Katharine Hepburn: Leading man
BY Michael Rowe
November 20 2006 1:00 AM ET
We all know Katharine Hepburn was the woman who wore the pants. But was her iconic embodiment of the independent-spirited American woman really a carefully cultivated image that masked something else?
“I would consider ‘transgender’ a better way to understand Katharine Hepburn than anything else,” says out novelist and Hollywood historian William J. Mann. His latest biography, Kate: The Woman Who Was Hepburn (Henry Holt and Co., $30), explores with unprecedented frankness the star’s fluid sexuality and gender identification. Mann sheds new light on Hepburn’s complex relationships with gay or closeted bisexual men, including her legendary love, Spencer Tracy—who, Mann reveals, was at least bisexual in terms of his sexual attractions and interactions.
When Kate was excerpted in the October issue of Vanity Fair, revealing that Tracy had enjoyed the paid favors of a male gas station attendant and that Hepburn’s love life included several female lovers, a flurry of headlines screamed that Tracy and Hepburn were bisexual.
That label, according to Mann, isn’t a useful prism through which to understand either star, but it especially short-changes Hepburn. “People ask, ‘Was she bisexual? Was she lesbian?’ ” Mann says. “Those conversations aren’t helpful. The best way to understand her is to look at her relationship with her own gender and the way she never felt comfortable as a woman.”
Hepburn herself said as much during her lifetime. “She told [talk-show host] Dick Cavett, ‘I am a missing link’ between the genders,” Mann says. “She knew somehow that she wasn’t a woman the way a woman ought to be. She had a woman’s body but felt in her heart and soul that she was a man. Everyone says, ‘Oh, we already know that—she was a liberated woman who rebelled against traditional roles for women!’ But I think it went deeper.”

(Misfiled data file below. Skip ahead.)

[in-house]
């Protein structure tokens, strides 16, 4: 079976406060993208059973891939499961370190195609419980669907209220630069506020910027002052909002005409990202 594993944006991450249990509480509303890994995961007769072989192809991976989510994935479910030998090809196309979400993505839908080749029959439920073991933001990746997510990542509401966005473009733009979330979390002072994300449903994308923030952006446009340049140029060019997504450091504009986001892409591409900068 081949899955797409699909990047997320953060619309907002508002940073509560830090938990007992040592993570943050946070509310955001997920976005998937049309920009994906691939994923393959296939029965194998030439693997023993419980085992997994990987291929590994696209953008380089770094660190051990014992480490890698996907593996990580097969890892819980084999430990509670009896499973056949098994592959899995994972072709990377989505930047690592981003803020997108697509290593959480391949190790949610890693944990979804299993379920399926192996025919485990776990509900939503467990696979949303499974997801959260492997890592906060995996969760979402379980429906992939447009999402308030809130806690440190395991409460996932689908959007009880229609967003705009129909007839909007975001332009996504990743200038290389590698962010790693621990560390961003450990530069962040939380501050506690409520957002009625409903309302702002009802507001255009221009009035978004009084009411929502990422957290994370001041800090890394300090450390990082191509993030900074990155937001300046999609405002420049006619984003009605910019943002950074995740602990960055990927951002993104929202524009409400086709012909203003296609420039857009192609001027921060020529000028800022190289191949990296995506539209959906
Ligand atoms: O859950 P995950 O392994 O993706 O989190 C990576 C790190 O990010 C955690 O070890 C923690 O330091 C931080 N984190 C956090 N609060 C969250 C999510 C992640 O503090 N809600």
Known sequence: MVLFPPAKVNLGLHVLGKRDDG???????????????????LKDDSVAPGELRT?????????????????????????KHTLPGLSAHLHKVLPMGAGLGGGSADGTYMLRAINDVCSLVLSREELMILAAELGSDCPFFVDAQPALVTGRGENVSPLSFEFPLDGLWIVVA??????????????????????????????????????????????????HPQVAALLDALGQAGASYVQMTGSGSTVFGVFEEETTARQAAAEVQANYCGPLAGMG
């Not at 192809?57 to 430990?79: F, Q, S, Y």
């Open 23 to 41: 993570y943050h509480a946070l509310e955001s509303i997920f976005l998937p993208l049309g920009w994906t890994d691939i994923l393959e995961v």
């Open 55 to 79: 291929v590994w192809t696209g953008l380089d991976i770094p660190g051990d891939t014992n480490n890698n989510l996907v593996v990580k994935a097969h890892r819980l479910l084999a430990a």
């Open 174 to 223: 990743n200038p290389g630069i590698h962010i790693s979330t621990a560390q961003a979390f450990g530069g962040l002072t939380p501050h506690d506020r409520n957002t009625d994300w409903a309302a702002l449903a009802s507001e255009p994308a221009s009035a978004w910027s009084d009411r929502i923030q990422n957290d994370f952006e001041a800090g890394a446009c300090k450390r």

Mann explains: “You need to go back to her childhood and the invention of her alter ego, Jimmy [whom Hepburn created at age 10 when she decided she really was a boy]. Boys are what mattered to Dr. Hepburn,” Mann says of the star’s adored and much mythologized father. This was the standard against which Kate had to compete. “Her own gender issues—which I believe were congenital and didn’t evolve out of her rivalry with her brother—were exacerbated by this. They got stronger. She couldn’t understand why Daddy paid so much attention to Tommy and coached him in boat races and somersaults and tree climbing and not her.”
According to Mann, Why not me? I’m a boy too! was young Kate’s inner refrain. “It was as though she were saying, ‘OK, I can understand if you don’t want to let girls do that, but I’m not a girl.’ That’s why she shaved her head and called herself Jimmy.
“I remember when the light came on in my head,” Mann says of the realization that there was more to Hepburn than anyone had guessed. “Everything fell into place like dominoes. In some ways, after Tommy died, Kate became [her father’s] favorite. She grew up to be her father’s kind of man rather than her mother’s kind of woman.”
During the exhaustive research for Kate, the biographer read a copy of Hepburn’s unproduced autobiographical screenplay, written in 1987, titled Me and Phyllis. The screenplay has never been available to the public, and Mann didn’t quote it because Hepburn’s estate owns the rights.